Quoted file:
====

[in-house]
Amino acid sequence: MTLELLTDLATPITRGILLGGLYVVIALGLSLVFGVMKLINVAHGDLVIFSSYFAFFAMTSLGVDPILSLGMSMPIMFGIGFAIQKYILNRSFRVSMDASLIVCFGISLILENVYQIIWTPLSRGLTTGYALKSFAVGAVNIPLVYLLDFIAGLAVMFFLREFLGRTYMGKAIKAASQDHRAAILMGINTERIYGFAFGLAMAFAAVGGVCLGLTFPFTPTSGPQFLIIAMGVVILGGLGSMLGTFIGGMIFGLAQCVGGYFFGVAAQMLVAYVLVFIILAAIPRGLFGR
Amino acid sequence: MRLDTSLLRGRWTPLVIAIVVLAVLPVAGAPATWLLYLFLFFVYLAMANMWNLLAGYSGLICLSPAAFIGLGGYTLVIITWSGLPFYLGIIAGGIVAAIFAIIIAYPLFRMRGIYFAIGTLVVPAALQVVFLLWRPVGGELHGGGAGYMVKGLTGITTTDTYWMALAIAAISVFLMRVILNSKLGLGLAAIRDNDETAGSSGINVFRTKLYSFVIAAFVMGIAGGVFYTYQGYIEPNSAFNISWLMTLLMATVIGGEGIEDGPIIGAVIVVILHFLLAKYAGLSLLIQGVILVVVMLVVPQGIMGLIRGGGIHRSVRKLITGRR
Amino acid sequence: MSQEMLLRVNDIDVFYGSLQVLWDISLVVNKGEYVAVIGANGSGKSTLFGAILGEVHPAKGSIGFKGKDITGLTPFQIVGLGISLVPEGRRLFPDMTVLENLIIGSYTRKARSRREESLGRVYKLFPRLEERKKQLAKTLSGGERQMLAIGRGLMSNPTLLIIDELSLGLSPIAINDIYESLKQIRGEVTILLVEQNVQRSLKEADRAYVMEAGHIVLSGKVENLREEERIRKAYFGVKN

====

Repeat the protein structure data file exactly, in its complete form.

[in-house]
Amino acid sequence: MTLELLTDLATPITRGILLGGLYVVIALGLSLVFGVMKLINVAHGDLVIFSSYFAFFAMTSLGVDPILSLGMSMPIMFGIGFAIQKYILNRSFRVSMDASLIVCFGISLILENVYQIIWTPLSRGLTTGYALKSFAVGAVNIPLVYLLDFIAGLAVMFFLREFLGRTYMGKAIKAASQDHRAAILMGINTERIYGFAFGLAMAFAAVGGVCLGLTFPFTPTSGPQFLIIAMGVVILGGLGSMLGTFIGGMIFGLAQCVGGYFFGVAAQMLVAYVLVFIILAAIPRGLFGR
Amino acid sequence: MRLDTSLLRGRWTPLVIAIVVLAVLPVAGAPATWLLYLFLFFVYLAMANMWNLLAGYSGLICLSPAAFIGLGGYTLVIITWSGLPFYLGIIAGGIVAAIFAIIIAYPLFRMRGIYFAIGTLVVPAALQVVFLLWRPVGGELHGGGAGYMVKGLTGITTTDTYWMALAIAAISVFLMRVILNSKLGLGLAAIRDNDETAGSSGINVFRTKLYSFVIAAFVMGIAGGVFYTYQGYIEPNSAFNISWLMTLLMATVIGGEGIEDGPIIGAVIVVILHFLLAKYAGLSLLIQGVILVVVMLVVPQGIMGLIRGGGIHRSVRKLITGRR
Amino acid sequence: MSQEMLLRVNDIDVFYGSLQVLWDISLVVNKGEYVAVIGANGSGKSTLFGAILGEVHPAKGSIGFKGKDITGLTPFQIVGLGISLVPEGRRLFPDMTVLENLIIGSYTRKARSRREESLGRVYKLFPRLEERKKQLAKTLSGGERQMLAIGRGLMSNPTLLIIDELSLGLSPIAINDIYESLKQIRGEVTILLVEQNVQRSLKEADRAYVMEAGHIVLSGKVENLREEERIRKAYFGVKN